As for the magnet-magnet force, some approximations have been assumed in order to derive the magnet-coil force expression. In particular, the thickness of the wire is neglected, and all the turns are assumed to have the same radius \(r_{\text{coil}}\), while in reality a coil typically have a few radial layers. Moreover, the coil is modelled as a series of parallel circles rather than a helix. Finally, as in previous works21,22,23,24, here we only consider the inductive coupling between the floating magnet and all the coils, thus neglecting the self-inductance L of each of the coils’ circuit and the mutual inductance \(L_{\text{mutual}}\) between them. In order to include self-inductance effects, the current in each coil would have to be considered as an additional degree of freedom governed by a separate equation coupled with Eq. (1).

$$\begin{aligned}&L{\dot{I}}^{\downarrow } + L_{\text{mutual}} {\dot{I}}^{\uparrow }+ RI^{\downarrow } + {\dot{z}}\left( \sum _{i=1}^n \frac{d\phi ^{\downarrow }_i}{dz_{i}}\right) =0 \end{aligned}$$
$$\begin{aligned}&L{\dot{I}}^{\uparrow } + L_{\text{mutual}} {\dot{I}}^{\downarrow }+ RI^{\uparrow } + {\dot{z}}\left( \sum _{i=1}^n \frac{d\phi ^{\uparrow }_i}{dz_{i}}\right) =0 \end{aligned}$$


$$\begin{aligned} F_e({\dot{z}},z) = -I^{\uparrow } \left( \sum _{i=1}^n \frac{d\phi ^{\uparrow }_i}{dz_{i}}\right) - I^{\downarrow } \left( \sum _{i=1}^n \frac{d\phi ^{\downarrow }_i}{dz_{i}}\right) \end{aligned}$$

We recover our governing equation in the limit \(L\rightarrow 0\), \(L_{\text{mutual}}\rightarrow 0\).

As for the magnet–magnet interaction, we emphasize that also the magnet-coil force expression has been experimentally validated16.

The load resistance connected to each of the two coils must be chosen so that the maximum harvested power is achieved. To do so, the load resistance has to be equal to the internal resistance of the coil (ignoring the coil self-inductance)26: \(R_{\text{load}} = R_{\text{coil}}\). The modelled coils are based on the properties of a copper coil with \(n=16\) turns, a wire radius of \(r_ {\text{wire}} =0.13\) mm, leading to a resistance given by:

$$R_{{{\text{coil}}}} = 2\pi nr_{{{\text{coil}}}}\rho _{{{\text{copper}} }} /(\pi r_{{{\text{wire}}}}^{2} ) = 0.317\;\Omega$$

where \(\rho _{\text{copper}} =1.68 \times 10^{-8}\) \({\Omega m}\) denotes the resistivity of copper. Therefore, the total resistance of each of the two circuits is \(R = 0.634\) \({\Omega }\). The geometrical parameters are also listed in Tab. 1.

Driving force

Of course the purpose of the EMVEH device is to harvest energy from environmental vibrations. The model discussed so far does not include the coupling with environmental vibrations. In this section we introduce the coupling of the device with the external vibrations.

Traditionally, an oscillatory driving force of prescribed amplitude is included in Eq. (1) as an additional term which directly affects the dynamics of the floating magnet. However, in reality the vibrations act on the external part of the device and not directly on the floating magnet. Here we follow a more realistic approach4, where the EMVEH is considered to be small relative to the vibrating structure to which it will be mounted. This makes it appropriate to describe the EMVEH device by a driving movement, as the fixed parts of the device (the coils and fixed magnets) are expected to completely follow the motion of the structure to which the device is attached. This means that the fixed magnets and coils all move with a fixed time-dependence, here termed \(Z_{\text{drive}}(t)\). This means that the input arguments of the functions \(F_m(z)\) and \(F_e({\dot{z}},z)\) will be replaced according to27:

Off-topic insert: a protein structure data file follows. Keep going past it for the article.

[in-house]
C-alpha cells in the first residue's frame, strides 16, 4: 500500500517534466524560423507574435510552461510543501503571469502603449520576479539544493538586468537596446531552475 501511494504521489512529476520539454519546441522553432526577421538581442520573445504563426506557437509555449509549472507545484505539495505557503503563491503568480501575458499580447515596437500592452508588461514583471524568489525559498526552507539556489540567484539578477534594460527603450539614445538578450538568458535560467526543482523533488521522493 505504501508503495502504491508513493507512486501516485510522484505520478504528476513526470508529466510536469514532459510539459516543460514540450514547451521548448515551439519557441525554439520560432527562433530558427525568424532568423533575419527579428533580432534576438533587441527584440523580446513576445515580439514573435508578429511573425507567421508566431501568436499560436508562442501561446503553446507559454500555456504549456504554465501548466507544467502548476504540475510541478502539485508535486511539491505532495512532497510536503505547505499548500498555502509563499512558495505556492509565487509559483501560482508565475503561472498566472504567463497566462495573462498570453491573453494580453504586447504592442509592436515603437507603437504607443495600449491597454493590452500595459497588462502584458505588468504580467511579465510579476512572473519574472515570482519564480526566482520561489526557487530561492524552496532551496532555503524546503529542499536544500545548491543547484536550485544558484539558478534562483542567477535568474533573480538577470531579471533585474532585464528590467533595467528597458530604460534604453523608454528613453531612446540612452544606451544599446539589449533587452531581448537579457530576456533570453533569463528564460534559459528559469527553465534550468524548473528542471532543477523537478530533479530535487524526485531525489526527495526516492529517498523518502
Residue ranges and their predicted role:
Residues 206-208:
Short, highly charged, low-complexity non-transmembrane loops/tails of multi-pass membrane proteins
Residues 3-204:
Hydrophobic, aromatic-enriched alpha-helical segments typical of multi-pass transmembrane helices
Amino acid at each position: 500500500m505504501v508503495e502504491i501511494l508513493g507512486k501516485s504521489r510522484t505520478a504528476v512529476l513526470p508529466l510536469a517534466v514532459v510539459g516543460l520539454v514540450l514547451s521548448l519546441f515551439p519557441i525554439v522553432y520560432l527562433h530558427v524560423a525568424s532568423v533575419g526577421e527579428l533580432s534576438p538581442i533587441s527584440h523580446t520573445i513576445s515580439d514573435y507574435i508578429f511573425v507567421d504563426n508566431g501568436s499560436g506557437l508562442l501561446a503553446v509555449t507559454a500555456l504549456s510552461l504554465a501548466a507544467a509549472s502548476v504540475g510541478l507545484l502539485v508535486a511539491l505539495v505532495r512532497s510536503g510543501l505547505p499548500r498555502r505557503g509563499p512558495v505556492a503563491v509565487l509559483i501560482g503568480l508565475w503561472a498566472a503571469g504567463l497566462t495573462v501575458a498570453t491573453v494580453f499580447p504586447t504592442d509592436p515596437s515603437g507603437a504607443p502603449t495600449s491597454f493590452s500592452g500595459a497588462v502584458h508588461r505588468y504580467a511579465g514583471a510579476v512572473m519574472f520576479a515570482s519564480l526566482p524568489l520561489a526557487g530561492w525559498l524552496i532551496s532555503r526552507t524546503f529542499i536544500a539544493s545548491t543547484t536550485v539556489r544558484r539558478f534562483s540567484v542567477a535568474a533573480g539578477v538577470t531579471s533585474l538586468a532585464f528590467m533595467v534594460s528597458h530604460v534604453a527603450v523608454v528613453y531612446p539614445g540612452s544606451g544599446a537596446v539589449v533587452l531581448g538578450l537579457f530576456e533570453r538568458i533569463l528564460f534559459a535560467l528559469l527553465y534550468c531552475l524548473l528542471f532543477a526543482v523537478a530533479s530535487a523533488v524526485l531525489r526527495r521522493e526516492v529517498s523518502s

$$\begin{aligned}&z \rightarrow z-Z_{\text{drive}} \end{aligned}$$
$$\dot{z} \to \dot{z} - \dot{Z}_{{{\text{drive}}}}$$

We assume here that the driving motion is given by

$$Z_{{{\text{drive}}}} (t) = A\sin (\omega t)$$
$$\dot{Z}_{{{\text{drive}}}} (t) = - A\omega \cos (\omega t)$$

where A is the amplitude of the movement and \(\omega =2\pi f\) is the angular frequency.

The final full equation governing the motion of the system is thus:

$$\ddot{z} = {\text{ }}\frac{1}{{m_{{{\text{float}}}} }}F_{e} \left( {\dot{z} - \dot{Z}_{{{\text{drive}}}} ,z - Z_{{{\text{drive}}}} } \right) + \frac{1}{{m_{{{\text{float}}}} }}F_{m} \left( {z - Z_{{{\text{drive}}}} } \right) - g$$

While Eq. (18) is used to mechanically evolve the system forward in time, the power harvested from the system is computed at every time step using Eq. (5) and thus there is a full coupling between the mechanical motion of the system and its electrical behavior.

The above equation is assumed to be non-stiff and is solved numerically using MATLAB’s ode45 with default tolerances of \(\text {abstol}=10^{-3}\) and \(\text {reltol}=10^{-6}\). The computed solution is sampled with 500 points for each driving-period.

As stated above the model presented here has experimentally validated expressions for all interaction terms in the governing equation of motion. The resulting differential equation is then numerically integrated using a standard ODE approach. The numerical solution has been verified to precisely satisfy the equation of motion given as input, i.e. the ODE solution does not change with changing tolerance, and thus the resulting solution is fully validated.

Mechanical friction

Besides the effect of electromagnetic damping, studies of EMVEH devices may include mechanical friction between the floating magnet and the encasing tube and viscous friction experienced by the floating magnet as it moves through the air in the tube.

There are different models for mechanical friction forces between sliding surfaces28. The Coulomb model is the simplest, with most other models being improvements of this. In the Coulomb model, the friction force is proportional to the normal force between the surfaces in contact with the proportionality factor being the friction coefficient. In a vertical setup, the only lateral force pressing the floating magnet against the surface is of magnetic origin. However, for perfectly cylindrical and coaxial magnets this force is zero. Therefore this force is only due to imperfections such as a small lateral displacement of the floating magnet, for which a full three-dimensional model would be necessary to predict this friction coefficient.